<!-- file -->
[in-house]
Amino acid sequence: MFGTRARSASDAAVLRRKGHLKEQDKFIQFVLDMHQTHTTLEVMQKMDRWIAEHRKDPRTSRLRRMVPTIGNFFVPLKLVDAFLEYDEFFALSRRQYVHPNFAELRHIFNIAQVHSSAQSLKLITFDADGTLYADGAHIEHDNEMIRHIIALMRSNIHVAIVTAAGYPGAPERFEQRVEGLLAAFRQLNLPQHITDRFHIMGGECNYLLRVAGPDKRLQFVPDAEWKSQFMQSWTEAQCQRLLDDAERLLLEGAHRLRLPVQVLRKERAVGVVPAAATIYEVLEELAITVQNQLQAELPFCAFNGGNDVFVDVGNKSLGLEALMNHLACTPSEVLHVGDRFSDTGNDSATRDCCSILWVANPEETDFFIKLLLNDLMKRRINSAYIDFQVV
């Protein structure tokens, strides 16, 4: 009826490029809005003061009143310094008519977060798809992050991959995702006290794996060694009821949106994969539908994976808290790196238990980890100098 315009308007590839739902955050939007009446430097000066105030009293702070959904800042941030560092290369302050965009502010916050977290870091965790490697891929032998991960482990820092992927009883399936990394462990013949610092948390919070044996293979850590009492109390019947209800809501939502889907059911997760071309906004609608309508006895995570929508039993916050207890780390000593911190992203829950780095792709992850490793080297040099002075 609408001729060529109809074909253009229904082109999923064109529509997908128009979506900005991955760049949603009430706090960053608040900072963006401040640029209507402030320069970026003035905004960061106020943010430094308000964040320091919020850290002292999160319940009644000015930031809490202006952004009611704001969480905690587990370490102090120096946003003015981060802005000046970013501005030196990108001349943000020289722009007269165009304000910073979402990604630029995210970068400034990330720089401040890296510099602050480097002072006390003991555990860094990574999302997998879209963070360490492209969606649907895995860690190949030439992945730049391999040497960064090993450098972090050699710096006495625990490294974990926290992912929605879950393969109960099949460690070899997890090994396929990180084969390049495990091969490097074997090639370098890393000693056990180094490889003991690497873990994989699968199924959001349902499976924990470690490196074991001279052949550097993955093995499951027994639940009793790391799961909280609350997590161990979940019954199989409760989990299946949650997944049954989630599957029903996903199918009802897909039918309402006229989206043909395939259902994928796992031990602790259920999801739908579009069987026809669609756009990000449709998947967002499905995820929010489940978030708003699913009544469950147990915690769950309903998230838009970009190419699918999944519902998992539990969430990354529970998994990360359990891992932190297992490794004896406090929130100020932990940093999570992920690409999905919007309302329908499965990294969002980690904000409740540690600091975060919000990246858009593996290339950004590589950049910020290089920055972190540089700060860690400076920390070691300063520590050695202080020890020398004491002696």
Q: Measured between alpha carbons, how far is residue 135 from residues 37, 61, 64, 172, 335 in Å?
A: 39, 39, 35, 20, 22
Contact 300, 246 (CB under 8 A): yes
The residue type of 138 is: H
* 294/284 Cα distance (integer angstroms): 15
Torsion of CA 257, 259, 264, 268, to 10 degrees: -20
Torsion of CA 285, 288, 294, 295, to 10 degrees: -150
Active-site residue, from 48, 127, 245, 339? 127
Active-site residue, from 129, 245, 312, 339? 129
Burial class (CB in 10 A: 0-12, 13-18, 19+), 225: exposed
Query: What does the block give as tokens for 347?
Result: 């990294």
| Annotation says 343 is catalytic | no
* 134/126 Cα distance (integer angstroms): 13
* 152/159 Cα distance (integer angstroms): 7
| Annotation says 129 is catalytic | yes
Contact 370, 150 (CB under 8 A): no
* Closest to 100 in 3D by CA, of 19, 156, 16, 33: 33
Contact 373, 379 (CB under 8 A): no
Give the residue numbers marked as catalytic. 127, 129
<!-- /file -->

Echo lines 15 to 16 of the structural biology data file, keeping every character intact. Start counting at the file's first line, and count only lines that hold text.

Result: 């990294």
| Annotation says 343 is catalytic | no